Coping with Life Changes as We Grow Older

Unexpected Changes in Vision As We Age Bring Unexpected Solutions

Older woman talking on phone

With age there are many changes in life, some good and others that are more difficult. Some we expect, becoming grandparents, retiring, even arthritis and gray hair, but then we have the unexpected changes. At times we lose friends and loved ones, some struggle with the effects of a stroke, heart attack, and we even see friends and their families battle Alzheimer’s disease and the declines. Another loss many face is their vision.

Age-related Vision Loss Can Affect All Areas of Life

The loss can include simple everyday tasks such as reading the morning paper or paying bills or the plans and dreams of these golden years to travel, play golf or see the Grand Canyon. As a Vision Rehabilitation Therapist, I help individuals cope with their vision loss every day and I feel that if people cannot do what they want to do, they won’t want to do what they need to do.

For Grace and Bill this is what retirement meant. They had planned and saved to be able to travel across the country. Bill, an avid golfer, wanted to play on list of courses he had been compiling for years.

Bill had noticed some changes in how well he could see so he went to the doctor for new glasses. There he received what to him was a shocking diagnosis: he had macular degeneration. The doctor told him he was lucky as he had the dry type and that generally did not progress quickly.

I met Bill and Grace five years later. Bill was struggling to read print and was ready to give up golf. Grace told me Bill had postponed their last trip, she felt he was having trouble when he wasn’t familiar with his surroundings.

Fear of the UnKnown

As I worked with Bill he told me he was afraid of what was happening, of losing his sight and not being able to take care of Grace. We talked about what he could and could not see and what he could do to use his vision more effectively. And then we talked about golf. When Bill learned about the United States Blind Golf Association and some alternative methods, he was back on the course. He quickly realized that a bright orange ball was much easier for him to see. He also found out that his friends did not mind in the least telling where the ball went, especially, he told me, if it landed in the water! He also found that with a magnifier he could be sure that they were keeping an accurate score.

Picture of older golfer with vision loss swing a golf club

Adapting To Change

About a year ago, Bill decided that it was time to try a trip. Grace talked him into “just a short one” as she would be doing all the driving. When they returned all they could talk about was how much fun they had and where they wanted to go next. They have planned a longer trip for this summer.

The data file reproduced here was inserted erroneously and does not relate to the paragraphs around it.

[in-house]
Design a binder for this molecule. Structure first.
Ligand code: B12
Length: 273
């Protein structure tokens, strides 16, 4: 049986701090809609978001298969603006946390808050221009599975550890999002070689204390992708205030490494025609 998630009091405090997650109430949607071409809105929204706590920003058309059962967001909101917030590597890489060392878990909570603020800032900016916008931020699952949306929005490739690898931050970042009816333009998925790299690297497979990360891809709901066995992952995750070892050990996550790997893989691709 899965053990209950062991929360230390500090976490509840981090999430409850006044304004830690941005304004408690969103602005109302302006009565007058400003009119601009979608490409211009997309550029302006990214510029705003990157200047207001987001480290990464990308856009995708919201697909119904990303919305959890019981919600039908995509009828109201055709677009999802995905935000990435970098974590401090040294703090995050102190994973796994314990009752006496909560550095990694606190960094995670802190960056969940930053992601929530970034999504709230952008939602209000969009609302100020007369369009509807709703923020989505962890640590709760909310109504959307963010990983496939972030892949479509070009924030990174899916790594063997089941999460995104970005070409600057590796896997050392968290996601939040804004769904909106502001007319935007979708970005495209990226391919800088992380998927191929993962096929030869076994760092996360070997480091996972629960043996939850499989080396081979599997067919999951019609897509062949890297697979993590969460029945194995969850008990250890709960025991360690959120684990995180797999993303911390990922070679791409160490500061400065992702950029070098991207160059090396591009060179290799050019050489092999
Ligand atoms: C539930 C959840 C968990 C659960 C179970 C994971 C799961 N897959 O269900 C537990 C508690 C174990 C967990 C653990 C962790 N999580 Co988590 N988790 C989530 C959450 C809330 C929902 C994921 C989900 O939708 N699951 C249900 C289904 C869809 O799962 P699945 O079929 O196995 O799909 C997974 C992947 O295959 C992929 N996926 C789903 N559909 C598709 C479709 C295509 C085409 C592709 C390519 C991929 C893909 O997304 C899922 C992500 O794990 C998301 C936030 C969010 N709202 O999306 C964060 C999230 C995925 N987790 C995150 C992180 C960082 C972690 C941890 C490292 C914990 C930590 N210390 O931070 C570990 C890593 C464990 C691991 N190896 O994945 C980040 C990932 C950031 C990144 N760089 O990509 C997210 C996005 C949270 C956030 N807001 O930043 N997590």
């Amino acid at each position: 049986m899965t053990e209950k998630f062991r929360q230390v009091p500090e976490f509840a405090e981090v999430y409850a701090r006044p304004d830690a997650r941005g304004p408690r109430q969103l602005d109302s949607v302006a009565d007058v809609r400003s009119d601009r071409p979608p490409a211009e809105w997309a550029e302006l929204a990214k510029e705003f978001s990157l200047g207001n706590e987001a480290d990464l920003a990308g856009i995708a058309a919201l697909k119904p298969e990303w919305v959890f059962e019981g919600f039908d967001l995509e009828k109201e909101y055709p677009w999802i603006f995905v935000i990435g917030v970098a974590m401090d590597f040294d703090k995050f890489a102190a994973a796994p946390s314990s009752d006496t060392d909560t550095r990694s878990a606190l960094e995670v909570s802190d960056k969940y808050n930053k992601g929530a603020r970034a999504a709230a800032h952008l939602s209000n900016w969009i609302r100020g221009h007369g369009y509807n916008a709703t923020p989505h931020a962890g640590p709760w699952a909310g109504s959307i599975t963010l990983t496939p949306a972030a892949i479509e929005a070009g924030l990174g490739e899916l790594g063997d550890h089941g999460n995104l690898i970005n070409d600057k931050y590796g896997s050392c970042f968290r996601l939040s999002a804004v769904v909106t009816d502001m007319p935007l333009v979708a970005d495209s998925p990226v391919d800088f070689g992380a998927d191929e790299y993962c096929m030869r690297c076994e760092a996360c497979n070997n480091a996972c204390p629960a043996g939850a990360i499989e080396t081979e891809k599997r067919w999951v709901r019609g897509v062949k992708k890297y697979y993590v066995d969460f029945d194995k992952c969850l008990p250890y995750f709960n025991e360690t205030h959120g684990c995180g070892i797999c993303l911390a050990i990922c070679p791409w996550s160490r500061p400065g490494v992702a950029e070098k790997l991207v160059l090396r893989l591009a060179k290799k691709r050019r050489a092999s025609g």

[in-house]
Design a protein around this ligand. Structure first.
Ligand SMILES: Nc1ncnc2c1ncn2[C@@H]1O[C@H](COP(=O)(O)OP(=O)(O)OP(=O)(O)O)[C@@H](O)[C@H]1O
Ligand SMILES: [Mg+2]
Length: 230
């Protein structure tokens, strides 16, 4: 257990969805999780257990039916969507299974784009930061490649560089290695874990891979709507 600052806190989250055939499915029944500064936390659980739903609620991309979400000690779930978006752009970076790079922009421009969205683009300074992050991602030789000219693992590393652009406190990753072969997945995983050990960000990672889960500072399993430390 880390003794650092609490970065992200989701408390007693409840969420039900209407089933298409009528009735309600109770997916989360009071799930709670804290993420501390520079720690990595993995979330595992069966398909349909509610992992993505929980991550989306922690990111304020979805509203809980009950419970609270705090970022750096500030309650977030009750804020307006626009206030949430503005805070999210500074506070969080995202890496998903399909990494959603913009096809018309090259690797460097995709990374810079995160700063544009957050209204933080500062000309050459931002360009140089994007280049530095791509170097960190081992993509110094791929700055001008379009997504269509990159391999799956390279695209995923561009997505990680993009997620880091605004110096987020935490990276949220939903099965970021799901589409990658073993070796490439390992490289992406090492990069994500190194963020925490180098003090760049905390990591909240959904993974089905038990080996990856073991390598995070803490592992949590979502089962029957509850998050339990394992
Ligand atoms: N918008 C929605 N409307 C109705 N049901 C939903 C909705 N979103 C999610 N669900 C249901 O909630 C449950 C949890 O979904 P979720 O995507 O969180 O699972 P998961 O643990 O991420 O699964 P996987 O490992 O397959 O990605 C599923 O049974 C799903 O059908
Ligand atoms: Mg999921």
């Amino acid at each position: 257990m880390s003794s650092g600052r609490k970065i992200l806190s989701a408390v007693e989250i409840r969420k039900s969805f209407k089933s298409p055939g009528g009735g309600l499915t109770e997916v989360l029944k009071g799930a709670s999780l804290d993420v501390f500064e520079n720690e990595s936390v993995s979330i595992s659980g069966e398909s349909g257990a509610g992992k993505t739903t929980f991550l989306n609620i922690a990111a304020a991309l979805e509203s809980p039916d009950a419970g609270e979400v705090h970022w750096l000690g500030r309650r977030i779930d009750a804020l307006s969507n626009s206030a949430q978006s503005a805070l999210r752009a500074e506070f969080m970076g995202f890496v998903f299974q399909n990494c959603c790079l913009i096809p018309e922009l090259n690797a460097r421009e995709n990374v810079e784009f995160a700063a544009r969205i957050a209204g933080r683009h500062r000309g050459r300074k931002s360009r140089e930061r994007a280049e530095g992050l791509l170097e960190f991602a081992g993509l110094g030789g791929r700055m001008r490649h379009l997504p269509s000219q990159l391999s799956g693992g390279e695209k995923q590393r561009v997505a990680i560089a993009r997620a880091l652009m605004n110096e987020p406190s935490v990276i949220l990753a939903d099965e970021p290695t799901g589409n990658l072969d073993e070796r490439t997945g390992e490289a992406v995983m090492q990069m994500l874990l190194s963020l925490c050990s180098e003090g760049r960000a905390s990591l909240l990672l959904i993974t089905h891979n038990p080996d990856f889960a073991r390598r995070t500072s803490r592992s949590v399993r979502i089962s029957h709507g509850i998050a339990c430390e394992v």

The plans Bill and Grace had for their retirement have changed. They are spending more time at home where Bill has discovered a love for grilling. Now sometimes they travel with friends, recently going on a cruise with several other couples they met at a support group for vision loss. Bill has found his list of dream courses again and is talking about how he and some friends can play some of them.

Recently I asked Bill and Grace what was the most unexpected impact of Bill’s vision loss for them. The answers surprised me. For Bill it was the realization that he was capable of overcoming obstacles placed before him, even the ones that required help. But it was Grace’s response that made me think, “When Bill is criticizing my driving and I remind him that the bus doesn’t go to the golf course, he is quiet. Amazing!”

“Growing Old Ain’t No Place For Sissies”

Bette Davis coined this phrase, little knowing that her words would predict the dilemma we face today in providing services to help individuals who face vision problems and other conditions as they age. After five years, Bill finally found out about services and was able to turn his life around and figure out new ways to enjoy life, with the help of his wife Grace. But there are millions of other people like Bill, who do not find out about services or do not have a family support system. What does the future hold for them? Read about AFB’s efforts to make a difference through giving input to the 2015 White House Conference on Aging. Fill in our survey so we can share your concerns with the White House conference conveners. Tell us your story. Comment on this blog. Yes, “old age may not be for sissies,” but remember the words of Maggie Kuhn, who formed the Grey Panthers, “Speak your mind even if your voice shakes.” Help America listen. Be part of making a difference.

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